‘Why, my father, me and Baba…’
‘Ok, please continue … Wah!’ My attention was momentarily diverted by the music. She had just sung a brilliant passage, playing on the words of the song. I heard exclamations from the audience which had also been recorded. This was the beauty of live performance. Great music was complete only when the notes from the performer touched the soul of the listener and the sigh of appreciation went back to the musician. This connection was like an electric current. In fact, in the days when music was performed in intimate concert halls, the area in front of the stage was usually reserved for what was described as the ‘wah-wah group’—listeners who made it a point to respond to the artist with loud approval, sighs and gestures.
The mellow music, this particular raga, the memories that were softly bubbling to the surface, all made Dhondutai warm up to the conversation, and she described her first meeting with the demonic singer who had once guided these notes and taught her how to please the deity inside ga, the dominant swara of Raga Bihagda.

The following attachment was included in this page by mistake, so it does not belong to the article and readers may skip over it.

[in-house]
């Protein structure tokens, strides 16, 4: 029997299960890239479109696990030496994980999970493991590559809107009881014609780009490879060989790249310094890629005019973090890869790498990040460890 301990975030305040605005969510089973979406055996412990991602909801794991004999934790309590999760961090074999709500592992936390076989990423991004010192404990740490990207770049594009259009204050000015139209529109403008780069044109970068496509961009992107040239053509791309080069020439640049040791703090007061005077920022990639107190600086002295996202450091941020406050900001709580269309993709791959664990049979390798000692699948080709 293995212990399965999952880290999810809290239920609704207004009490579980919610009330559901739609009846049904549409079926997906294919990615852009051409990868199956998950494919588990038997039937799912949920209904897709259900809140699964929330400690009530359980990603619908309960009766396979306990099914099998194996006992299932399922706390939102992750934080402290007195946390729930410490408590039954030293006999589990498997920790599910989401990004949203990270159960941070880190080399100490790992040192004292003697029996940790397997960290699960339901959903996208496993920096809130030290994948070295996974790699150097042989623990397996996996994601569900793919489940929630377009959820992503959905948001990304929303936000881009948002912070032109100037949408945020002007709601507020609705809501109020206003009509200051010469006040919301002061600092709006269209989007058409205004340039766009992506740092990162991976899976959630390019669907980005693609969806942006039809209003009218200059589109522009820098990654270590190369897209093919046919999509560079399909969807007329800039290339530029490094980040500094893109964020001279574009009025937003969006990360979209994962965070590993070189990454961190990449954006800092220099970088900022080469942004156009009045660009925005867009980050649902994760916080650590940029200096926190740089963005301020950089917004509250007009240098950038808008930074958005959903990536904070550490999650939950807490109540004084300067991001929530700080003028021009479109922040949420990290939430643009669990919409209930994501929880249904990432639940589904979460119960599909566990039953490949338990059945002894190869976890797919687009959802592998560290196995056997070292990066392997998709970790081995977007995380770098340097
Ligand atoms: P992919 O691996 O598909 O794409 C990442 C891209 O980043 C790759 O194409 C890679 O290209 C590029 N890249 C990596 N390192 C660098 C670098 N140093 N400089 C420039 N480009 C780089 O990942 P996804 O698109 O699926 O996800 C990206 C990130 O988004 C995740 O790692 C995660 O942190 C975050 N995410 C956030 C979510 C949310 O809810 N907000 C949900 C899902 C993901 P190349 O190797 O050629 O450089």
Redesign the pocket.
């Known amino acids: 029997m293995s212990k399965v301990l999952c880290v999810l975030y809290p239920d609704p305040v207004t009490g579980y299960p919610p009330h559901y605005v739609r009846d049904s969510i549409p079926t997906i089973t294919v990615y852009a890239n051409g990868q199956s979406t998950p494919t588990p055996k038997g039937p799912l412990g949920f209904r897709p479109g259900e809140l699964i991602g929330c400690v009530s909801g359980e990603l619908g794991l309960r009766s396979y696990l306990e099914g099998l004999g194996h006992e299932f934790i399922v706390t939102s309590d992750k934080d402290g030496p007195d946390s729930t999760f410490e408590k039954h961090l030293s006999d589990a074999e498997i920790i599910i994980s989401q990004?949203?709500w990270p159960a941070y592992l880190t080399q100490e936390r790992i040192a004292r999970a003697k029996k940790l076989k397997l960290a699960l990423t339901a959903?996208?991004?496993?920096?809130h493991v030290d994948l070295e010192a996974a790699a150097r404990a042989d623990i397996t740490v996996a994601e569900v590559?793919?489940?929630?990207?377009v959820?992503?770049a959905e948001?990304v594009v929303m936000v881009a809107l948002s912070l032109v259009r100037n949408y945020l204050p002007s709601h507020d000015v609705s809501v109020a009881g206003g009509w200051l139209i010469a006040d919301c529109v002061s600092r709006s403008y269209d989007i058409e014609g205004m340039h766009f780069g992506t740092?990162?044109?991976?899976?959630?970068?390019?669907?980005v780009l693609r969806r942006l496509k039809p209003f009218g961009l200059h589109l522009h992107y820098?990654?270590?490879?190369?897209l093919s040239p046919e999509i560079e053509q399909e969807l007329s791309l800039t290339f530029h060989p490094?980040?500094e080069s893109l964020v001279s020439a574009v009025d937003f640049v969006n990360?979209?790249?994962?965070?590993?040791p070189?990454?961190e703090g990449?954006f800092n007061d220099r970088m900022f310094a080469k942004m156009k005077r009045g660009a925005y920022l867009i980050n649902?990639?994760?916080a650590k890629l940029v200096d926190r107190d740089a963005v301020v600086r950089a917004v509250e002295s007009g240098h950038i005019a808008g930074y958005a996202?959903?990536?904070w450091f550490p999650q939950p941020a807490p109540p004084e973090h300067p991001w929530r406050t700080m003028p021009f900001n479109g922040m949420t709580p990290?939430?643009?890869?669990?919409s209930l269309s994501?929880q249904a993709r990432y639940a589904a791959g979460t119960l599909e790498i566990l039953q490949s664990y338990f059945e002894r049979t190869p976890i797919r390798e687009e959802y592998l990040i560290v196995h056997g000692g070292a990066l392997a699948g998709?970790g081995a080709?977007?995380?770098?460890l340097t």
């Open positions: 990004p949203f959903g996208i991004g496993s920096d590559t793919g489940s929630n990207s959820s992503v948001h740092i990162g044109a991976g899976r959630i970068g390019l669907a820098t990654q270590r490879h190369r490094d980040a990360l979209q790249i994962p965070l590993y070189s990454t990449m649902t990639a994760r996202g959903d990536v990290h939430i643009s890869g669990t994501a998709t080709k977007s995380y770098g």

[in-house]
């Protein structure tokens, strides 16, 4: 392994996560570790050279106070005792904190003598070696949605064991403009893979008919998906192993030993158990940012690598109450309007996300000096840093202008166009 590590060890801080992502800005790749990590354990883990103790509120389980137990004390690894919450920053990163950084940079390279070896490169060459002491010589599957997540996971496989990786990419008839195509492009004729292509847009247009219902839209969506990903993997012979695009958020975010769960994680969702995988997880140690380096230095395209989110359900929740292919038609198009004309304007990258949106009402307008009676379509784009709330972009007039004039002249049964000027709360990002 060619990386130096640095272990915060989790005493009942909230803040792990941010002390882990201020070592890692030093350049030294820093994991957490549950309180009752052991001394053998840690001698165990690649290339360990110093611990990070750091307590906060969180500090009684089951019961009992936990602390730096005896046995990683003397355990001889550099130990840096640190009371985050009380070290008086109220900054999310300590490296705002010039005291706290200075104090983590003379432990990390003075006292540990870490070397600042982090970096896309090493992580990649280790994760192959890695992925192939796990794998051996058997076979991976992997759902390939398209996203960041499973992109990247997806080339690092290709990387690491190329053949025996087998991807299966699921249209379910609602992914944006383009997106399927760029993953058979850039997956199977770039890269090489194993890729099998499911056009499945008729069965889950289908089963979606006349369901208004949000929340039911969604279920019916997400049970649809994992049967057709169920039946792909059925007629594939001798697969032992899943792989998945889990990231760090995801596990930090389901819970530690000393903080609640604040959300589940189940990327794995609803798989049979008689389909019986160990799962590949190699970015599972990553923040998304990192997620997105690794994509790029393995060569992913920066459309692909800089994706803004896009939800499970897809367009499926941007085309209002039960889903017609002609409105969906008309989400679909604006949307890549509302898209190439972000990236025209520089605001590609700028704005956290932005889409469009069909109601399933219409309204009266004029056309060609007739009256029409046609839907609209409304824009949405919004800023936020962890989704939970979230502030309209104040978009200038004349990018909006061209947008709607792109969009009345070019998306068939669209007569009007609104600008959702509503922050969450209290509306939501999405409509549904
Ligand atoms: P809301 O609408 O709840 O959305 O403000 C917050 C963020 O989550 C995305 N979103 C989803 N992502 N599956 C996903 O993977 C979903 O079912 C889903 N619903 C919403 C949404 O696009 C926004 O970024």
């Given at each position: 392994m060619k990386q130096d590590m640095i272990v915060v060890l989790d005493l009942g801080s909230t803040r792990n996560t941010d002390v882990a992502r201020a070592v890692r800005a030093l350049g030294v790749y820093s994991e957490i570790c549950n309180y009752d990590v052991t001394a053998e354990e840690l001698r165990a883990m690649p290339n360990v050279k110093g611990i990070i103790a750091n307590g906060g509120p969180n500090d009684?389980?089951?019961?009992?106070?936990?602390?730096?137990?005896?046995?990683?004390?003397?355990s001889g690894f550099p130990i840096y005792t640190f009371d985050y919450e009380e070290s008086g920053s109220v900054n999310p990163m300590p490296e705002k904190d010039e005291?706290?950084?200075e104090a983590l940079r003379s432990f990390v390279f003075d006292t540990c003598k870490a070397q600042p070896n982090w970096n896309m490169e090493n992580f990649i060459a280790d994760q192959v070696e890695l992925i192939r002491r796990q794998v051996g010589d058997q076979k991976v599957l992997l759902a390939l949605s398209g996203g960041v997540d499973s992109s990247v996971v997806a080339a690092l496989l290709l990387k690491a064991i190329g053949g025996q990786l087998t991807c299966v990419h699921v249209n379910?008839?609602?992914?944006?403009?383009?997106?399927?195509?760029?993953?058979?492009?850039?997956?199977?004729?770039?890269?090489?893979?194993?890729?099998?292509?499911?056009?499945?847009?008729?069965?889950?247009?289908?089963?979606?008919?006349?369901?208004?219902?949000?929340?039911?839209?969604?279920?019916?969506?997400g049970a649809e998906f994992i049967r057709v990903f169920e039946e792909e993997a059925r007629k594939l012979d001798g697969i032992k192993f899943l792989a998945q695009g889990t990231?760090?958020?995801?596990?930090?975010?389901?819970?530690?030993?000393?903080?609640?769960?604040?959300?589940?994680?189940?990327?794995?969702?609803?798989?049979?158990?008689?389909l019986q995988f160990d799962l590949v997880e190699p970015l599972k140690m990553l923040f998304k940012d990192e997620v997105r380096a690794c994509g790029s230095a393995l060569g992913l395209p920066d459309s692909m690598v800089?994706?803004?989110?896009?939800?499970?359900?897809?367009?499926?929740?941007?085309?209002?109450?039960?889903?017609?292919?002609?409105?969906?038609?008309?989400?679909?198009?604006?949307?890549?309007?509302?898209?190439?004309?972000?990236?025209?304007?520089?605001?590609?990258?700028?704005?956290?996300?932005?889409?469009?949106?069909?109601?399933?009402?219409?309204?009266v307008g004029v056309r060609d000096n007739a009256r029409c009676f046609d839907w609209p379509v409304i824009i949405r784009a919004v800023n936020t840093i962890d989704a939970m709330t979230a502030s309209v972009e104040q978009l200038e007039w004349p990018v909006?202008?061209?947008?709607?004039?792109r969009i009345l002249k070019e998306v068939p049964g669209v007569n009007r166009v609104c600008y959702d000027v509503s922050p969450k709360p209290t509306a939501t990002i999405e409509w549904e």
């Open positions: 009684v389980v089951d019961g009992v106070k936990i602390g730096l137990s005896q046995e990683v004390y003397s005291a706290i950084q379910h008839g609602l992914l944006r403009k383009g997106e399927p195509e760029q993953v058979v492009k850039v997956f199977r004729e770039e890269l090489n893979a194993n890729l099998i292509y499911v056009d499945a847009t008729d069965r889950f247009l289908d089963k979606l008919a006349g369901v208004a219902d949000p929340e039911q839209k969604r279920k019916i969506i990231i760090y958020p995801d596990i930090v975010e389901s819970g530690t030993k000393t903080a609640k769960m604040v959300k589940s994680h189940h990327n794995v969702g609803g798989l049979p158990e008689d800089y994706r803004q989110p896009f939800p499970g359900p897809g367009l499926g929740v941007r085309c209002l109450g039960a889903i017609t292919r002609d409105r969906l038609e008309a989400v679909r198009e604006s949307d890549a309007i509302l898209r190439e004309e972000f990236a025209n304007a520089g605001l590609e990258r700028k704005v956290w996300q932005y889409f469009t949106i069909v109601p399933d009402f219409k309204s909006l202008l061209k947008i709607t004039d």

‘I think I was about thirty years old, actually a little older,’ she started.
‘About my age,’ I murmured.
‘Yes, but unlike you, I was not a foolish dilettante. I took my learning seriously,’ she said, with no rancour. I grinned sheepishly, in agreement.
‘Yes, so we took the overnight train from Jabalpur to Bombay after Baba read an interview with Kesarbai in a Marathi newspaper where she said that she was finally ready to teach a student who would be worthy of her… ’